Last Updated on December 6, 2015 by RetiredAndAngry
First and foremost my thoughts are with the victims of yesterday’s terrible incident at Leytonstone, I hope they can all make a full recovery, and quickly.
Before that however, I had already had a conversation on Twitter following on from this tweet of mine;
— Alan Wright (@Alanw47) December 5, 2015
My point was, and still is, that we should take a serious look at the policy of Single Crewing. I absolutely know that times are tough and numbers are down, but times are also changing and I question whether or not single crewing is appropriate in the current era.
Peter Kirkham was of the view that single crewing CAN be appropriate some times. What we did absolutely agree on though is that IF officers are to be sent out single crewed then a supervising officer (I haven’t given much thought to the appropriate rank yet) should conduct a comprehensive Risk Assessment. I absolutely know that this is a bureaucratic nightmare and it will change from day to day, but now, more than ever, Officer Safety is paramount. When the numbers have been so recklessly slashed we can’t afford to lose too many to acts of violence on duty.
When it all goes wrong and a single crewed officer is incapacitated in some way, through violence, then the Police Federation should be proactive and aggressive in challenging the relevant Risk Assessment and properly advising and representing their member. The Police have always claimed to be big on Elf n Safety, now they need to prove it and abide by it, make the officers’ working environment as safe as they can.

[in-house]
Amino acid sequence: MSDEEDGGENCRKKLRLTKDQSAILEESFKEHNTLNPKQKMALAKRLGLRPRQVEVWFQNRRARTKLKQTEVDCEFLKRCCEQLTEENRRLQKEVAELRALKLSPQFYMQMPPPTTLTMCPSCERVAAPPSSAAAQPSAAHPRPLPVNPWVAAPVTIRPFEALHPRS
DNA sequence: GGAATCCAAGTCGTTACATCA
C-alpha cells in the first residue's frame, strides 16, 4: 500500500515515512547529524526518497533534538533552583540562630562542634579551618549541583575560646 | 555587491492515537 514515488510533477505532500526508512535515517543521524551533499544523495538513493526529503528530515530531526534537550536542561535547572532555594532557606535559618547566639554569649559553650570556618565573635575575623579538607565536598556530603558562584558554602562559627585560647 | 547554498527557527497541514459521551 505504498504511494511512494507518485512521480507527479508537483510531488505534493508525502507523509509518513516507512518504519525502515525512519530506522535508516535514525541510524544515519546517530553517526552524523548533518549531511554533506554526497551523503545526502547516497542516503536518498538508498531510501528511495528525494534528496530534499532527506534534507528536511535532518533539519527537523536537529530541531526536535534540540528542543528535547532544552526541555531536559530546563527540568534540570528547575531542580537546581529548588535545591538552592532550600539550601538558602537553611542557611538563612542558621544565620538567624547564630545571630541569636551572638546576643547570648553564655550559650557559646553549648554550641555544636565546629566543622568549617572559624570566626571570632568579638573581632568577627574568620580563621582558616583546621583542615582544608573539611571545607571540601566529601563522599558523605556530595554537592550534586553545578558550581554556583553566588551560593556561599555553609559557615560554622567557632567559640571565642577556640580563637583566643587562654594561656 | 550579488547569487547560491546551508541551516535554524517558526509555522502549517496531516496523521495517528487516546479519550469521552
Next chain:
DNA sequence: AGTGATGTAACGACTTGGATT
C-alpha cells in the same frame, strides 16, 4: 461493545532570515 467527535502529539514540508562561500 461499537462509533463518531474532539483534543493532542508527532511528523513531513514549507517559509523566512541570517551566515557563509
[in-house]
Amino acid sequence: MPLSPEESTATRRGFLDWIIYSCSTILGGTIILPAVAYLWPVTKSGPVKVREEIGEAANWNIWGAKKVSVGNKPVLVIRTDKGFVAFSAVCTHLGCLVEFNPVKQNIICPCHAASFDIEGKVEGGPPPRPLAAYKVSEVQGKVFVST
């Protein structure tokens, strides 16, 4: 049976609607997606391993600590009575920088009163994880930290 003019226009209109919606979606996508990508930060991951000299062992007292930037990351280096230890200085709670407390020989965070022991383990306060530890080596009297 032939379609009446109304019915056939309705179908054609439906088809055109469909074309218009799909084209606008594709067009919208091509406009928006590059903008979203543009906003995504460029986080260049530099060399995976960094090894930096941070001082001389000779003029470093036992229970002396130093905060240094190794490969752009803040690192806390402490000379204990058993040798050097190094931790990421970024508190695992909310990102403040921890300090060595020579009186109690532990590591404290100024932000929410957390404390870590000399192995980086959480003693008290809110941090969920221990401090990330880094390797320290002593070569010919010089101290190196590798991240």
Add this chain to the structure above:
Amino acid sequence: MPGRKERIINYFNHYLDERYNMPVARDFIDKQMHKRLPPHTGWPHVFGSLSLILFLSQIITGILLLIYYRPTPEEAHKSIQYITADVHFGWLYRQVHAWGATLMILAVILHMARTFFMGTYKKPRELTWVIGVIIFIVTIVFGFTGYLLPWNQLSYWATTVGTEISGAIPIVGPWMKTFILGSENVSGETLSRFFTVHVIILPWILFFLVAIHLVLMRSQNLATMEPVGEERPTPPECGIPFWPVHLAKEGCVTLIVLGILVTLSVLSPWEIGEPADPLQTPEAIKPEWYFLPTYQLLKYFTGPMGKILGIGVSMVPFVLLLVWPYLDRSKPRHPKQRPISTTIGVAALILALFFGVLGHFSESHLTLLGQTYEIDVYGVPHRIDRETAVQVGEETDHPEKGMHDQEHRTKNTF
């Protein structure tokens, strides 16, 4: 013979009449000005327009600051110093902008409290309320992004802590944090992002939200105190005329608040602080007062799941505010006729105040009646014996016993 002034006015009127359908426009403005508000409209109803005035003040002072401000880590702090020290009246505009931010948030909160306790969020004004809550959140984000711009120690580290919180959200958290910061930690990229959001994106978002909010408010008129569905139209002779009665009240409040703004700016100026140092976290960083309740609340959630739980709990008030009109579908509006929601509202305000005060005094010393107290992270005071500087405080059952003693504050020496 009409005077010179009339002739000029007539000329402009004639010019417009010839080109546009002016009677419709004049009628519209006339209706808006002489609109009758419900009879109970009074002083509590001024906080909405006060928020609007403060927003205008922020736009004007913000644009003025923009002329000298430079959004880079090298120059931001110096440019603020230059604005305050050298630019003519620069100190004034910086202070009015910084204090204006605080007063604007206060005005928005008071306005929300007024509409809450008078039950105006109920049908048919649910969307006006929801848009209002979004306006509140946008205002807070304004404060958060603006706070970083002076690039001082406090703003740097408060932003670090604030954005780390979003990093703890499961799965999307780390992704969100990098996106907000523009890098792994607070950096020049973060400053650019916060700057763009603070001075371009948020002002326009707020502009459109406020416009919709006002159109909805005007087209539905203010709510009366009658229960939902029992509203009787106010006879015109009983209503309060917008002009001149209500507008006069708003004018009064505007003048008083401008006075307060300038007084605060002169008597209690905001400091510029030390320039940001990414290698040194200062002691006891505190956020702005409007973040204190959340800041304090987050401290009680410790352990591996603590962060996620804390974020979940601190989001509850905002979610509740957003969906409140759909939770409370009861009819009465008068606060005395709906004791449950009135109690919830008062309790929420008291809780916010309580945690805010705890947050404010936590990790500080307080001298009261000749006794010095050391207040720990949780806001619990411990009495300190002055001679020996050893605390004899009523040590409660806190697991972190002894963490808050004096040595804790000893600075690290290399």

As I said previously I’m fiercely in favour of scrapping single crewing and I’m quite aware that the proposal of Risk Assessments will not be popular with some, but Officer Safety is far more important surely? If the officers get incapacitated in some way they simply can’t do their job.
Returning to London last night, my first thoughts were based around “what if that had been a gun and not a knife?” If the “terrorist” had been armed with a gun (of any kind) how well would we have dealt with it? Were we ready/prepared for this incident, or worse? I sat back and read, without joining in, last night, but the debate went on again about routine arming of the Police, and the arguments and counter-arguments went back and forth.
Me, myself and I have never been in favour of routine arming of the British Police, but I think it’s clear to all that times have changed since Dixon of Dock Green. The world is a much different place.
I don’t pretend to have the answer, there are many out there far better qualified than I to contribute to that debate, but I am qualified to say that it is a debate that we should have. The Police, the Public and the government all have a view and a part to play in this debate, and, just for once, it’s a debate we should have gloves off without any side trying to score cheap points off another side. The subject is far too serious for that.
I suspect that the government already have sizeable stockpiles of weapons ready for the day when the public finally revolt, but regardless of that, cost should not be a factor here, keeping Britain safe should be the most important factor by far, Party Politics can wait outside the door.
Best wishes to all, and a speedy recovery to some.
Oh, by the way, I have no idea what Sophie Khan thinks of last night’s tasering as I’m still blocked by both her accounts.